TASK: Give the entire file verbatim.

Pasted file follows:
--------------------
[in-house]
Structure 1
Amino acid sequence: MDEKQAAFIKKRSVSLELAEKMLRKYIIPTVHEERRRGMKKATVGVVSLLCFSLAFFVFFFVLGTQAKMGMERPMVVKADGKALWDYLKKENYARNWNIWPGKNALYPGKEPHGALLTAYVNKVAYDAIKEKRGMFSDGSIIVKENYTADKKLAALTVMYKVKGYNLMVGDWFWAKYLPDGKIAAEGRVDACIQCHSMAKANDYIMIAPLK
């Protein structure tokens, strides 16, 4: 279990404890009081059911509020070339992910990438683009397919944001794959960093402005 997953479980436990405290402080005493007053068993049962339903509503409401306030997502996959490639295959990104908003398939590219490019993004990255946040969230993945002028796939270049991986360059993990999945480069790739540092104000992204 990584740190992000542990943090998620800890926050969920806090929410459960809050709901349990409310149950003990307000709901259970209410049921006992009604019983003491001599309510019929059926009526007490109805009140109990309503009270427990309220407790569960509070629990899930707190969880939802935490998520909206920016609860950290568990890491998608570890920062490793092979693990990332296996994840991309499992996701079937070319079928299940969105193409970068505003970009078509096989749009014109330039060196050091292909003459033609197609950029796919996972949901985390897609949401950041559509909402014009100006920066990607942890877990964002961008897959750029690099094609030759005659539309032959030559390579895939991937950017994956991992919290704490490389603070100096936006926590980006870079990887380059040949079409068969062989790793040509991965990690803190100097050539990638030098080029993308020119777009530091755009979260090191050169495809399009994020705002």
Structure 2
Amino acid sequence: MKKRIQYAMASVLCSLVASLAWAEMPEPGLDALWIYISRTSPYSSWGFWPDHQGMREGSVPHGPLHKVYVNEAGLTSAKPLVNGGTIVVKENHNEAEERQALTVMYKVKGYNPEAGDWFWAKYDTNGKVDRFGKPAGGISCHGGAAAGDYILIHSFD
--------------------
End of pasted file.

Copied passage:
[in-house]
Structure 1
Amino acid sequence: MDEKQAAFIKKRSVSLELAEKMLRKYIIPTVHEERRRGMKKATVGVVSLLCFSLAFFVFFFVLGTQAKMGMERPMVVKADGKALWDYLKKENYARNWNIWPGKNALYPGKEPHGALLTAYVNKVAYDAIKEKRGMFSDGSIIVKENYTADKKLAALTVMYKVKGYNLMVGDWFWAKYLPDGKIAAEGRVDACIQCHSMAKANDYIMIAPLK
């Protein structure tokens, strides 16, 4: 279990404890009081059911509020070339992910990438683009397919944001794959960093402005 997953479980436990405290402080005493007053068993049962339903509503409401306030997502996959490639295959990104908003398939590219490019993004990255946040969230993945002028796939270049991986360059993990999945480069790739540092104000992204 990584740190992000542990943090998620800890926050969920806090929410459960809050709901349990409310149950003990307000709901259970209410049921006992009604019983003491001599309510019929059926009526007490109805009140109990309503009270427990309220407790569960509070629990899930707190969880939802935490998520909206920016609860950290568990890491998608570890920062490793092979693990990332296996994840991309499992996701079937070319079928299940969105193409970068505003970009078509096989749009014109330039060196050091292909003459033609197609950029796919996972949901985390897609949401950041559509909402014009100006920066990607942890877990964002961008897959750029690099094609030759005659539309032959030559390579895939991937950017994956991992919290704490490389603070100096936006926590980006870079990887380059040949079409068969062989790793040509991965990690803190100097050539990638030098080029993308020119777009530091755009979260090191050169495809399009994020705002």
Structure 2
Amino acid sequence: MKKRIQYAMASVLCSLVASLAWAEMPEPGLDALWIYISRTSPYSSWGFWPDHQGMREGSVPHGPLHKVYVNEAGLTSAKPLVNGGTIVVKENHNEAEERQALTVMYKVKGYNPEAGDWFWAKYDTNGKVDRFGKPAGGISCHGGAAAGDYILIHSFD